The Washington PostDemocracy Dies in Darkness

Flood watch covers nearly all of California amid severe storms

About 24 trillion gallons of water have fallen from a multitude of weather patterns known as atmospheric rivers

President Biden declared a state of emergency for California after governor Gavin Newsom made a public call on Jan. 14 for the move. (Video: Reuters)

Nearly 26 million people in California were covered by a flood watch Saturday, mostly between San Francisco and Los Angeles, as fresh rain and storms move through the state, bringing fresh flooding, mudslides and traffic snarls to areas exhausted by severe weather in recent weeks.

New emergency evacuations were ordered in some low-lying parts of Santa Cruz County, which has been hit particularly hard by the waves of rains. On Saturday, the Rio del Mar Esplanade, located along Seacliff State Beach, flooded and is expected to get even more rain, the Santa Cruz County sheriff’s office said in a Facebook post.

Meanwhile, officials were urging the public to brace for the next storm. The National Weather Service issued flood, wind and high surf advisories warning people across the state, from Sonoma to Tahoe to San Diego, of expected treacherous conditions into Sunday.

In recent days, at least 5,800 people have been evacuated from their homes in a seven-county region that included Monterey County. Other parts of the state, including in Sacramento County, were told to prepare to evacuate as the rain continued.

Though less rain fell on Saturday than during recent days, it was small comfort for those in a state that has seen roughly 24 trillion gallons of water dropped from a multitude of weather patterns known as atmospheric rivers since December. The storms are blamed for at least 19 deaths.

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State officials are pleading with residents to be cautious during the continuation of storms that have caused destruction and widespread flooding for weeks. “We are not out of the woods yet,” state emergency official Nancy Ward said during a news conference.

Gov. Gavin Newsom (D) asked the public to prepare for the ninth atmospheric river that is set to hit Sunday night going into Monday. He added that erosion and tree damage that will continue even after rainfall stops.

“The challenges may present themselves over the course of the next few days rather acutely. Particularly because everything’s saturated, particularly because the grounds are overwhelmed,” Newsom said. “What may appear less significant in terms of the rainfall may actually be more significant on the ground in terms of the impacts on the ground and the flooding and the debris flow.”

Newsom said he expected President Biden to sign a major disaster declaration for the state, which will unlock federal funding and other assistance.

Late Saturday, Biden did issue a disaster declaration for Merced, Sacramento and Santa Cruz counties.

Atmospheric rivers won’t end California’s drought

Newsom spoke to reporters during a visit to an emergency shelter in Merced, a city in California’s San Joaquin Valley that experienced record flooding from a local creek. Displaced families were staying on cots.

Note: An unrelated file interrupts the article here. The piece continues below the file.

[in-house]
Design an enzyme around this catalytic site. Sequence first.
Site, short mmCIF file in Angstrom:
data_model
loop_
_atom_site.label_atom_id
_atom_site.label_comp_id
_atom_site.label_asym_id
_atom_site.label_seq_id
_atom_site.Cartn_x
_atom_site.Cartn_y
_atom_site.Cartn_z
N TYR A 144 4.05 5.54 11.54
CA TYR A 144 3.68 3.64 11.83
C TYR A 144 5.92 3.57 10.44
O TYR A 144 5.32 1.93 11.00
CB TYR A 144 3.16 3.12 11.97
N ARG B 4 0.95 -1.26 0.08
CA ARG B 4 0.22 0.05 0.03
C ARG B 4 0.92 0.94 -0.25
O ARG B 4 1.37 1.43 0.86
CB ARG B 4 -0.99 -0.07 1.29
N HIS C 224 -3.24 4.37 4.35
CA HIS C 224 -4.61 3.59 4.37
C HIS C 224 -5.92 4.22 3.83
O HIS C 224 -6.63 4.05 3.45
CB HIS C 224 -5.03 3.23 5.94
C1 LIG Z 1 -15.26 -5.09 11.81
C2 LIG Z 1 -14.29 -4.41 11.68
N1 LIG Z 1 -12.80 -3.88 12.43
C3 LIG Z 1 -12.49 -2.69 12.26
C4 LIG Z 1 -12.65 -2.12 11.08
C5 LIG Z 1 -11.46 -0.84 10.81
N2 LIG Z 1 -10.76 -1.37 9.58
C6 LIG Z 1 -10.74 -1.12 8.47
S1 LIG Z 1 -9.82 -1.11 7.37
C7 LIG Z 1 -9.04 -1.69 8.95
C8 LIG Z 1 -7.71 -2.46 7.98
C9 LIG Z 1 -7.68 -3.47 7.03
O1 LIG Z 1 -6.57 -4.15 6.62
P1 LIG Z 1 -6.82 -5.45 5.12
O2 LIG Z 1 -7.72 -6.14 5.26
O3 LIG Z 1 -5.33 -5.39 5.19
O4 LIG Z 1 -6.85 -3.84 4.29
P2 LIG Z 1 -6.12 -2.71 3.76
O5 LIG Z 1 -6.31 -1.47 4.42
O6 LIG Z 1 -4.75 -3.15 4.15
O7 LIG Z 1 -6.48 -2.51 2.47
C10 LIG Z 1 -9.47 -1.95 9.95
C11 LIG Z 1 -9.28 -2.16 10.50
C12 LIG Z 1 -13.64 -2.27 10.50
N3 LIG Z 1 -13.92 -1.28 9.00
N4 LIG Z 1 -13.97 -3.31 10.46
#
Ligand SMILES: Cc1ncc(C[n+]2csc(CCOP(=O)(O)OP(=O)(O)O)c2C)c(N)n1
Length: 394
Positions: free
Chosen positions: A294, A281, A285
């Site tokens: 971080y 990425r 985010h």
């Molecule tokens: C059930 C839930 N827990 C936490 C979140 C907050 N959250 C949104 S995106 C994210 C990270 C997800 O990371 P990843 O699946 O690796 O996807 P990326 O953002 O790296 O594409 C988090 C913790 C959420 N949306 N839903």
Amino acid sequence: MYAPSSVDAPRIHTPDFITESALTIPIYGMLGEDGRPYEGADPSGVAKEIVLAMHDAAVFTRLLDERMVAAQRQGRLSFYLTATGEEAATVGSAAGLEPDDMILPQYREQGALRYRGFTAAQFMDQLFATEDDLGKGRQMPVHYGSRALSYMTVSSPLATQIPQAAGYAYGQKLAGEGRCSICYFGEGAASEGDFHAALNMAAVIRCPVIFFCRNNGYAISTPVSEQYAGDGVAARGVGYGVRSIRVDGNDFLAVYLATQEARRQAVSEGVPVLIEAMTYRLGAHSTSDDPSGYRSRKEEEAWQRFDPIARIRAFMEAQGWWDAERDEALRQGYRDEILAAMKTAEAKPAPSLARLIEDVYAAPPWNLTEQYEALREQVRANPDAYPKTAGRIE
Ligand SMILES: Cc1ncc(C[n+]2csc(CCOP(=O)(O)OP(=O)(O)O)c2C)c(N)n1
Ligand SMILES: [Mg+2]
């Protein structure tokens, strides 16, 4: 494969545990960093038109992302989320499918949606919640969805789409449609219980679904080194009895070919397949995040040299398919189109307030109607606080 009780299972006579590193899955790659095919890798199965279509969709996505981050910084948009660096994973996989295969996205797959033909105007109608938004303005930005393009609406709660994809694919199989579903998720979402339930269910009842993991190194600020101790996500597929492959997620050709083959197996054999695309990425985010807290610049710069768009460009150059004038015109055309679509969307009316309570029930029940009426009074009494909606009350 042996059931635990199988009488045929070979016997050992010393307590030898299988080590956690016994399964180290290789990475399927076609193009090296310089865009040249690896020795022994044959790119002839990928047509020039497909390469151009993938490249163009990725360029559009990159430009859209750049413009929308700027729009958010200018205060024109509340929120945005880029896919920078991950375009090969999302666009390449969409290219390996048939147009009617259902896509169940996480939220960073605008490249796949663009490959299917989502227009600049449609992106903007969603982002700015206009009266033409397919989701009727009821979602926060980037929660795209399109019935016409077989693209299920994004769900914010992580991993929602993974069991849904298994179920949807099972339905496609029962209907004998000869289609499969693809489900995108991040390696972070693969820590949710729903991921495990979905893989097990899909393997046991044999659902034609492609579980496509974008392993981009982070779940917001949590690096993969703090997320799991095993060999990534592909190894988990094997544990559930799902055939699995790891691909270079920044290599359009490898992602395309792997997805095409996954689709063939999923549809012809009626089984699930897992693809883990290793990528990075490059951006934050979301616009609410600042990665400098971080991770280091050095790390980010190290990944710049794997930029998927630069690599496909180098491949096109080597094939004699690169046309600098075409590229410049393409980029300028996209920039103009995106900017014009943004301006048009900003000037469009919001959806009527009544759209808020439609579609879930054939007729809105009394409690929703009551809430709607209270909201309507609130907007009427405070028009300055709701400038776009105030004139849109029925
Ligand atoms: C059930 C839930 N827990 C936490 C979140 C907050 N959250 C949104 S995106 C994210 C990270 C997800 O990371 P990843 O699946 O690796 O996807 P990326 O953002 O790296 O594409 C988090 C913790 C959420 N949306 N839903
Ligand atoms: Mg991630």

The California Highway Patrol asked people in the hardest-hit areas to avoid driving due to flooding closing roads and toppling power lines.

The storms on Saturday unloaded 1 to 3 inches of rain throughout the lowlands of Central and Northern California. In the highest elevations of the Sierra Nevada, the rain changed to multiple feet of snow.

Heavy, blowing snow in the nearby mountains stopped travelers heading to Lake Tahoe for the Martin Luther King Jr. holiday weekend.

Interstate 80, a main route for reaching the ski slopes, was partially closed Saturday morning “due to multiple spinouts,” said a statement from Caltrans, California’s Department of Transportation. The agency shared photos of near-whiteout conditions near Donner Summit, a mountain pass at just above 7,000 feet in the northern Sierra Nevada near the California-Nevada border.

See the devastation of heavy rain in California

Three to six feet of snow is expected in the higher elevations of the Sierras through Monday, according to a Saturday afternoon update from the National Weather Service.

Los Angeles Mayor Karen Bass (D) declared a state of emergency Friday as a result of the storms that pounded the country’s second-most populous city. About 0.5 to 1 inch is anticipated in Southern California from this second storm, with a bit more in the mountains and hills.

Even as the rain slows, state residents would likely need to contend with the lingering threat of mudslides due to the saturated ground, officials said.

Mudslides closed a highway in Alameda County on Saturday. Amtrak warned about service delays from mudslides near its tracks in Contra Costa County.

Before this weekend, more than 14-1/2 inches of rain had fallen in San Francisco since Dec. 20, more than four times the average, officials said.

Less rain is forecast to fall in California on Sunday with the next storm arriving in the Bay Area around 10 p.m. But that next system will bring heavy precipitation to Central California, lasting into Monday or Tuesday.

“Overall rainfall totals are expected between 0.5-1.5 inches for the lower elevations of the region, and 1-3 inches for the higher elevations,” the National Weather Service office serving the Bay Area wrote.

The system will continue to affect other states inland. The National Weather Service predicts heavy snow Monday into Tuesday will stretch from parts of southeastern Idaho to Arizona and over parts of the Central and Southern Rockies.

While some showers could linger into midweek, mainly in Northern California, a much drier weather pattern is expected in most areas — a welcome reprieve after three weeks of storminess.

Robert Klemko and Matthew Cappucci contributed to this report.

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